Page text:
CLUES to the behaviour and attitudes of incoming President of the United States Donald Trump can be found in his schooling.
The claim comes from someone who went to a school similar to the New York Military Academy attended by the new president as he reached adolescence.
Writing in As Perceived Quarterly, a new digest of longer journalism, commentator Chris Aspinall suggest that the brutal social structure of such institutions in the 1960s and 70s.
Mr Aspinall calls on his own personal experience of a charitable UK boarding school at that time to suggest that others’ survival strategies may account for Mr Trump’s demeanour towards trust and the close family members who surround him.
“A few US newspapers did report on the young Donald Trump’s experiences at school but none seemed to have fully appreciated the greater psychological impact of military intensity during the ‘formative’ years,” said Chris Aspinall.
“After 45 years or so, I remember that the intensity decreased as we went through puberty, but before that, the only way some of my contemporaries could deal with being away from parental approbation was by trying to out do one another to become the alpha male or retreating, as I tried to do, to near invisibility.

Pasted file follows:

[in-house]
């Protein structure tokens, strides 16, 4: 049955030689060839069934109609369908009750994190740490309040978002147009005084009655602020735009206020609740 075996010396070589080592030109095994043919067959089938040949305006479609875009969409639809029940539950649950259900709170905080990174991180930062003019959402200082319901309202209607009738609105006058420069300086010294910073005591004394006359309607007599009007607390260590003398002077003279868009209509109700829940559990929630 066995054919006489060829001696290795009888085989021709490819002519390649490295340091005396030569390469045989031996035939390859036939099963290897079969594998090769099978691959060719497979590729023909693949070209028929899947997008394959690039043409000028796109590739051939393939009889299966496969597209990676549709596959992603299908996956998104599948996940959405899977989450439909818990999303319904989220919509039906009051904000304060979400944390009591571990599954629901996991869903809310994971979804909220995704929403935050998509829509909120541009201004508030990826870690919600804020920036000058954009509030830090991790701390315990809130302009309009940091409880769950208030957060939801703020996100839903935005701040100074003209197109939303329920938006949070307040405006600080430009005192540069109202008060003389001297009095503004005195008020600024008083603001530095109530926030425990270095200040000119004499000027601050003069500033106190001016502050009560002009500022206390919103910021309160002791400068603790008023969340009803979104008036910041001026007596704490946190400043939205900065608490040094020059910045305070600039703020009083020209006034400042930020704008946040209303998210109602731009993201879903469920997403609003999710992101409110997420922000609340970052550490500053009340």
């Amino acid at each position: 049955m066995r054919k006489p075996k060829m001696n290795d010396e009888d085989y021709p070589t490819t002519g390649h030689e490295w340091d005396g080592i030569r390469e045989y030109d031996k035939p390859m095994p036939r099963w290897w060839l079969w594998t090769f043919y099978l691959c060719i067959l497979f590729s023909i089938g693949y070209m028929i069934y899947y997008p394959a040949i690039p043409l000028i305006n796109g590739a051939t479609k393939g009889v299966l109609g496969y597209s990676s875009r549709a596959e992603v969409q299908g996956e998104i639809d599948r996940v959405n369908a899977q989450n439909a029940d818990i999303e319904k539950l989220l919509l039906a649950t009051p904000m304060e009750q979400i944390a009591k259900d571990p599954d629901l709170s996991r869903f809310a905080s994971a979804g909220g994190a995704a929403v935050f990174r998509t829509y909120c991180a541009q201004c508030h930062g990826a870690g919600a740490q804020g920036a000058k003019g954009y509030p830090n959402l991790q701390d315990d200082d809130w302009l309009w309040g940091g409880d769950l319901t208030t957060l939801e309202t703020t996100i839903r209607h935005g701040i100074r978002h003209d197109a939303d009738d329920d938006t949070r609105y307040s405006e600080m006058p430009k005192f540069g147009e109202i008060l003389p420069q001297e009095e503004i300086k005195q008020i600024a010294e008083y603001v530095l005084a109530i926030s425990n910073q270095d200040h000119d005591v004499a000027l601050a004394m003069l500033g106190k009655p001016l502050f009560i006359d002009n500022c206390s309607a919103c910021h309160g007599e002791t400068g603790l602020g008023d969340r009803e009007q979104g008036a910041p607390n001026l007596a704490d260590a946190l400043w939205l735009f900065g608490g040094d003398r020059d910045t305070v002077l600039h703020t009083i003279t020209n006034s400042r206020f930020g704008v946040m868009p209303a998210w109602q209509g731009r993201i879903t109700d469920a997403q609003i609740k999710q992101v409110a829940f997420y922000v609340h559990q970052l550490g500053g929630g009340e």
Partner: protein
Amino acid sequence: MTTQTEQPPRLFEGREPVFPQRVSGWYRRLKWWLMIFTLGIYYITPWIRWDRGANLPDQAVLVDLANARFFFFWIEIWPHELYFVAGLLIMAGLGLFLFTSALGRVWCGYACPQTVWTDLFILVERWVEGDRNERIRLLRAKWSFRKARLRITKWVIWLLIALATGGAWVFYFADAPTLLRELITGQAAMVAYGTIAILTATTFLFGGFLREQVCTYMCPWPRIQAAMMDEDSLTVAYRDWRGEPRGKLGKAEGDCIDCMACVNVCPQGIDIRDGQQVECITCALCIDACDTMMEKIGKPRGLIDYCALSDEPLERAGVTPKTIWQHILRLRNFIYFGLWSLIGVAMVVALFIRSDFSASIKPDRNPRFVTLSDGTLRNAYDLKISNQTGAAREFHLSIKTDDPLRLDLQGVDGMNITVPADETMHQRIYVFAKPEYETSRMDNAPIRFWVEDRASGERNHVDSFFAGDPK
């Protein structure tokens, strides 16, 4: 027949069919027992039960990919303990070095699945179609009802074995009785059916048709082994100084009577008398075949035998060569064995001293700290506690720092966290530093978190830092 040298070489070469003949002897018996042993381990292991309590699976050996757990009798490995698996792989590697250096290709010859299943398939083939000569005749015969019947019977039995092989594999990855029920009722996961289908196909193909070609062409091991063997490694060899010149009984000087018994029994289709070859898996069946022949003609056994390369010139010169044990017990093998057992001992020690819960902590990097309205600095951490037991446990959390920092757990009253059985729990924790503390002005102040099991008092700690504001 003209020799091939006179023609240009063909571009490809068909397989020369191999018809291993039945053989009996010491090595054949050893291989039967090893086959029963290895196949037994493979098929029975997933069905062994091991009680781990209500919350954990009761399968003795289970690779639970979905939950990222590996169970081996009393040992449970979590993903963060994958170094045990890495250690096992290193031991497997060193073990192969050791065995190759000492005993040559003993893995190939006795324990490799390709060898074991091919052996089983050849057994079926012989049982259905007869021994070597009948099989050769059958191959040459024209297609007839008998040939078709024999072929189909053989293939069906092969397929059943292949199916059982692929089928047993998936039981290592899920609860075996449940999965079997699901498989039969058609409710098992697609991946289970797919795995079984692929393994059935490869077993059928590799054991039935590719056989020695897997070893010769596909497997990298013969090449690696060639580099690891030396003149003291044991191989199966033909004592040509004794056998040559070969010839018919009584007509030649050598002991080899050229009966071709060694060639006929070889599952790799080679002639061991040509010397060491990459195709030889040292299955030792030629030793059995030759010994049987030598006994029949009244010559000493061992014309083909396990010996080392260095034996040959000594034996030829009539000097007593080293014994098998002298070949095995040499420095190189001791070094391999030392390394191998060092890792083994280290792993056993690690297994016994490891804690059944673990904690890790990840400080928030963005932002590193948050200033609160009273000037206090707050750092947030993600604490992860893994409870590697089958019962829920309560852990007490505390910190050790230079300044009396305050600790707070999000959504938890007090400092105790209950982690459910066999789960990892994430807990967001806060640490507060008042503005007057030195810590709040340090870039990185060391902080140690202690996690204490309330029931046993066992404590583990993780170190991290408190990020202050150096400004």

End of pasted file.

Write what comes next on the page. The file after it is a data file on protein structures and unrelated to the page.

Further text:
“Once I knew what sort of school Mr Trump had been to and when, everything fell into place in a way that had never been apparent in anything I had previously read about him, whether that was a psychological analysis or a business profile.
“I still carry the scars of such an upbringing,” confessed Chris Aspinall. “I am sorely tempted to challenge anyone who experienced a similar education and has any ability to be introspective not to recognize the impact against the context of other people with more orthodox teenage years in themselves.”